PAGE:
Discovery's acquisition of a majority stake in Eurosport will play a central role in the group's response to fracturing audiences, learns Kate Bulkley
For 25 years Eurosport has effectively owned the pan-European sports television market. Its live, uninterrupted coverage of everything from World Cups to Grand Slams has helped it carve out a unique broadcasting niche.
The low-cost and basic production style of Eurosport’s output – like its Tour de France coverage – offers viewers a continuous live feed and audio commentary in many different languages, largely produced from its Paris headquarters.
In a push to strengthen their Development team, STV have opened up roles in Mobile, Software Testing, Digital Design and Product Management "for people who are passionate about working with a leading provider of consumer focused digital media services". See their website which has further information on the advertised roles:
Will anything short of quotas reverse TV's declining diversity? Matthew Bell listens to the debate
Public-sector employers and much of the corporate world have made great strides in building more diverse workforces in recent years. But the same cannot be said of the TV industry, where the representation of Black, Asian and Minority Ethnic (BAME) people has been falling.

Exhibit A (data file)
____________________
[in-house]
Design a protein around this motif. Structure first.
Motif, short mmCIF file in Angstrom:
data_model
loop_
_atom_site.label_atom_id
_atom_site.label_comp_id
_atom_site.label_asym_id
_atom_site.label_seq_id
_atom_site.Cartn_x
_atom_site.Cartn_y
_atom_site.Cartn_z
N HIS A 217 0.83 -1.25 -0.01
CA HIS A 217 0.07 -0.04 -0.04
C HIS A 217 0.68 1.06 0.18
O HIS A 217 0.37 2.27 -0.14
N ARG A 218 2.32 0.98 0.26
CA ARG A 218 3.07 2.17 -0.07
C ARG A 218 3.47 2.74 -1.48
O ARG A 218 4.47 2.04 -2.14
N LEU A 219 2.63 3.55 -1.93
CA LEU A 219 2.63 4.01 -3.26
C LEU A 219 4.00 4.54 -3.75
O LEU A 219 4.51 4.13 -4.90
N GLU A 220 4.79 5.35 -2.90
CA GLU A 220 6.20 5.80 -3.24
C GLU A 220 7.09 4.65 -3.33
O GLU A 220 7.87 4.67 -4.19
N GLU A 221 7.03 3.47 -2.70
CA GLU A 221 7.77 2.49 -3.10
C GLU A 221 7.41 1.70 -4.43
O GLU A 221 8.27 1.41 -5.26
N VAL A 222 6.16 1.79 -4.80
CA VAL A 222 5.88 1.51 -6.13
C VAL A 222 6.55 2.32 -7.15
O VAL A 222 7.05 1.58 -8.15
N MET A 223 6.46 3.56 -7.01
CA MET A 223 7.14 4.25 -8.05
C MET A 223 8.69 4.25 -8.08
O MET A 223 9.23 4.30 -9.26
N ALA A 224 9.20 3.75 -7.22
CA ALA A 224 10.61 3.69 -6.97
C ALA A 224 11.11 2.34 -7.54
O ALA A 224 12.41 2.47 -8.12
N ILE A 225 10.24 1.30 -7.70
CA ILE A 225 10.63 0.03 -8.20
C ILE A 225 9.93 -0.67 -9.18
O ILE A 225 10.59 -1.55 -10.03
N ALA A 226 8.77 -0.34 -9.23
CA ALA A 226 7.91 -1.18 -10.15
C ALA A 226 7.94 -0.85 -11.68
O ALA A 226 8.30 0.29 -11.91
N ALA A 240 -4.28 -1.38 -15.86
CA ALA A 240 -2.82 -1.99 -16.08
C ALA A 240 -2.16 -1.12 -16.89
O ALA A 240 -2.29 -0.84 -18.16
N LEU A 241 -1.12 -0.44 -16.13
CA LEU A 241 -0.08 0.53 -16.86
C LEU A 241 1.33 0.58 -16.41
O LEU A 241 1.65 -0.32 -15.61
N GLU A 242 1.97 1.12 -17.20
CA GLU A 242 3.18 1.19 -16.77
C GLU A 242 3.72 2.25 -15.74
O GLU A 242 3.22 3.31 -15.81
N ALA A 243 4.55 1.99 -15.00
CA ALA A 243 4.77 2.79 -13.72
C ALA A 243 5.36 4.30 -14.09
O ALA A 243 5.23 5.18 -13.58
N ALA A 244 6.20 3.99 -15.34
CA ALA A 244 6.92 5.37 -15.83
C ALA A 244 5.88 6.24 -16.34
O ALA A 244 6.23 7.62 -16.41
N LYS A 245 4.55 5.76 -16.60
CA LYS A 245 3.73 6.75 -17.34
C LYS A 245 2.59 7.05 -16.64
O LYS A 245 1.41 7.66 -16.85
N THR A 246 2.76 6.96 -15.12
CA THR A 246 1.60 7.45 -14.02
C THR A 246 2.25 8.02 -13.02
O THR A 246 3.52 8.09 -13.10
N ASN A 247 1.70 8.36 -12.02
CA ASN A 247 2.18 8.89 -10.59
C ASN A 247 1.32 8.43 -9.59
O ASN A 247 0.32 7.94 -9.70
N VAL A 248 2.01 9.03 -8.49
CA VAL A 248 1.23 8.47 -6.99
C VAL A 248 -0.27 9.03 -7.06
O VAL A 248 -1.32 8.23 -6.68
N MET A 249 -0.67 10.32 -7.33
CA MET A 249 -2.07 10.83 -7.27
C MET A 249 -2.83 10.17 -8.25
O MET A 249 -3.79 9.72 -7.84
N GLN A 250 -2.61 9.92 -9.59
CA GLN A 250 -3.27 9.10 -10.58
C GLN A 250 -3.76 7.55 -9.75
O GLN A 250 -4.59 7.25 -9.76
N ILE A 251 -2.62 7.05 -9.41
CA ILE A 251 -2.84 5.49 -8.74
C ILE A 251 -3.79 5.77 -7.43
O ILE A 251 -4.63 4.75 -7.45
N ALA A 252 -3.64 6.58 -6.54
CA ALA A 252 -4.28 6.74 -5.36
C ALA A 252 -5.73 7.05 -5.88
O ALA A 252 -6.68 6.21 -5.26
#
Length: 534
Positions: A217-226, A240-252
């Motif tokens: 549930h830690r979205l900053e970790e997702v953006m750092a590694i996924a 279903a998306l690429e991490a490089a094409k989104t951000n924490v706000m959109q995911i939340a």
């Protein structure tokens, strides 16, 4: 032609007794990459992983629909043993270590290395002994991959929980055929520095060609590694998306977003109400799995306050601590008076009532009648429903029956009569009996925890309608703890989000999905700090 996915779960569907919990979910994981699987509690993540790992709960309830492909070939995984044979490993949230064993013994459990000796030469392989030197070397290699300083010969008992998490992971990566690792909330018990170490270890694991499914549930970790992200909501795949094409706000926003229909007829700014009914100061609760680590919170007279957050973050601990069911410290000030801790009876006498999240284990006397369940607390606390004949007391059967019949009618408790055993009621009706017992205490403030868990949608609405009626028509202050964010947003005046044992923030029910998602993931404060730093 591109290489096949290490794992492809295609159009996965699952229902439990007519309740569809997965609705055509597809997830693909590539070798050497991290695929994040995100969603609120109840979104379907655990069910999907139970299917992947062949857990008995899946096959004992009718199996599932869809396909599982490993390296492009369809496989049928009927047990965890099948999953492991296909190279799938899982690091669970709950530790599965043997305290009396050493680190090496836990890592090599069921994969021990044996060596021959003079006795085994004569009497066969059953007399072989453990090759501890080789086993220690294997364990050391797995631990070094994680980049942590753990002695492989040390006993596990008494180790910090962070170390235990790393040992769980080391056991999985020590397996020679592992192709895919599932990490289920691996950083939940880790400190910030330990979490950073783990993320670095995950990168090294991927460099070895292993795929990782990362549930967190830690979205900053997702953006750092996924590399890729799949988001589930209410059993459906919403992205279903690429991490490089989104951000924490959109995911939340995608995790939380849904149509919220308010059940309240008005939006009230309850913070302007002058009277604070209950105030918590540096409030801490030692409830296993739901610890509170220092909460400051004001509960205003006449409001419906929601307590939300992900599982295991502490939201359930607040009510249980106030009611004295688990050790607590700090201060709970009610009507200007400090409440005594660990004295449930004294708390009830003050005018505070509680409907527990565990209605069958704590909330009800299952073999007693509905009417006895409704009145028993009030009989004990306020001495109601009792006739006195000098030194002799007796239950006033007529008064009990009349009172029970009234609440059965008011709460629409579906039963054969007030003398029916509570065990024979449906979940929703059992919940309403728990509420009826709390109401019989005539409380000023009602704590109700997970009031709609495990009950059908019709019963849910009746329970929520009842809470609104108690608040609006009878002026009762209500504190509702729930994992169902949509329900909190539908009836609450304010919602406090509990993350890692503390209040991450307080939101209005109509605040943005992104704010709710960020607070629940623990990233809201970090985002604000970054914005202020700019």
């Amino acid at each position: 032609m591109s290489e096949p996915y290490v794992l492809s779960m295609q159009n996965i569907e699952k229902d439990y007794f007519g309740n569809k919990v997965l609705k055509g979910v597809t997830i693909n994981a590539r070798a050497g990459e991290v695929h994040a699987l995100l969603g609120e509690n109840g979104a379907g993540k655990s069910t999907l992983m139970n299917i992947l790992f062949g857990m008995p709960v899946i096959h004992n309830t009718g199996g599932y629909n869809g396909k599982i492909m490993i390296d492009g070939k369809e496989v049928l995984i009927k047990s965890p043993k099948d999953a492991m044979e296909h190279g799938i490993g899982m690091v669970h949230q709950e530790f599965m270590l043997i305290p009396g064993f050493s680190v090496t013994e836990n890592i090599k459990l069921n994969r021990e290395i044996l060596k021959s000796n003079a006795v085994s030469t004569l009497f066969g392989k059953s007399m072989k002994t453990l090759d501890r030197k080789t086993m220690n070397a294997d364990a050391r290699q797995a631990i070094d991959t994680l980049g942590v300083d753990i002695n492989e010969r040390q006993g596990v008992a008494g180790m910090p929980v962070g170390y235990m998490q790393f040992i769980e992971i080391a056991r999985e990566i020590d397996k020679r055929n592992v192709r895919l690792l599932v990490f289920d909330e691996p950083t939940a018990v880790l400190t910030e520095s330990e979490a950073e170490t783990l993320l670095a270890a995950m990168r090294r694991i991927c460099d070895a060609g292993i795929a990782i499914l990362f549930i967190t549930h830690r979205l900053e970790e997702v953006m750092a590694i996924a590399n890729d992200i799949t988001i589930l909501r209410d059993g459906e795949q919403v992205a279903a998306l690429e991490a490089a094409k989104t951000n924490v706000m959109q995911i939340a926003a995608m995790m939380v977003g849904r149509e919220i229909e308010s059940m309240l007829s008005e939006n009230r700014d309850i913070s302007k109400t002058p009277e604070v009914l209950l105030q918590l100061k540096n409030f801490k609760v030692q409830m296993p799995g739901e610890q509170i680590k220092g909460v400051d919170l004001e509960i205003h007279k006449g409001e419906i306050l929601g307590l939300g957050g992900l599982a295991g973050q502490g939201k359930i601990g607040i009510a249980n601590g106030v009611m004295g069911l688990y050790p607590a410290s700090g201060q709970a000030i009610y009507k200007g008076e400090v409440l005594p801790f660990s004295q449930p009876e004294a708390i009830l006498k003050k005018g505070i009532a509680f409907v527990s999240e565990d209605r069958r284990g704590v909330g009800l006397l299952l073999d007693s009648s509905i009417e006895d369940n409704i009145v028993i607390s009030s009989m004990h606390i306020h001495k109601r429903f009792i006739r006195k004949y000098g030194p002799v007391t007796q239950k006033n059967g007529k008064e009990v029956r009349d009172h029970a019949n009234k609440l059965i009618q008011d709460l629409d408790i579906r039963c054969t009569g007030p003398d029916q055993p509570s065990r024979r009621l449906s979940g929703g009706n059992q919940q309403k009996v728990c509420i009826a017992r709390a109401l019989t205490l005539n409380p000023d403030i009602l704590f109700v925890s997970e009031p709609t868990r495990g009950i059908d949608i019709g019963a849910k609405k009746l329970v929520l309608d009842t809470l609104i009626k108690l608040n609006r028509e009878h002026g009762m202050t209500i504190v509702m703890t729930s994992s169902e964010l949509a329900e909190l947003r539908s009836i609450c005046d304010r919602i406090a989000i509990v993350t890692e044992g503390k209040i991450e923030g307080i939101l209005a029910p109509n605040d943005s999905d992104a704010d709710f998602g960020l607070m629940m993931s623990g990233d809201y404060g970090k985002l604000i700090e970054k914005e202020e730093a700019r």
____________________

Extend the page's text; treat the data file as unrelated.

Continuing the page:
Last year’s Creative Skillset employment survey revealed that the proportion of BAME people in the creative sector, which includes film, advertising, radio and gaming as well as TV, had declined from 7.4% in 2006 to 5.4% in 2012.
In the Murdoch empire Chase Carey is uniquely powerful. But little is known about this unassuming yet redoubtable high-flyer. Raymond Snoddy lifts the lid
There is absolutely no doubt that Chase Carey, long-time Murdoch loyalist, is the most powerful executive in 21st Century Fox – whose surname does not begin with an M.
Three years ago, the man noted for both his unassuming nature and his flamboyant handlebar moustache, became the latest in a select line of News Corp executives to receive the ultimate public accolade, the official “bus” title: the person who would take over if Rupert Murdoch fell under a bus.
Twitter is stoking the conversations around TV shows. But can it also drive ratings?
As viewer behaviour gets more difficult to predict, broadcasters and producers are increasingly looking at Twitter to enhance viewer engagement. In some quarters, there is a belief that Twitter can cause more people to tune in.
A packed RTS early-evening event, “TV ReTweeted”, reported from the front line of broadcasting and social media.
With Twitter claiming more than 15 million active users in the UK, the night’s chair, journalist Kate Bulkley, quoted research suggesting that 40% of Tweeting during primetime is TV-related.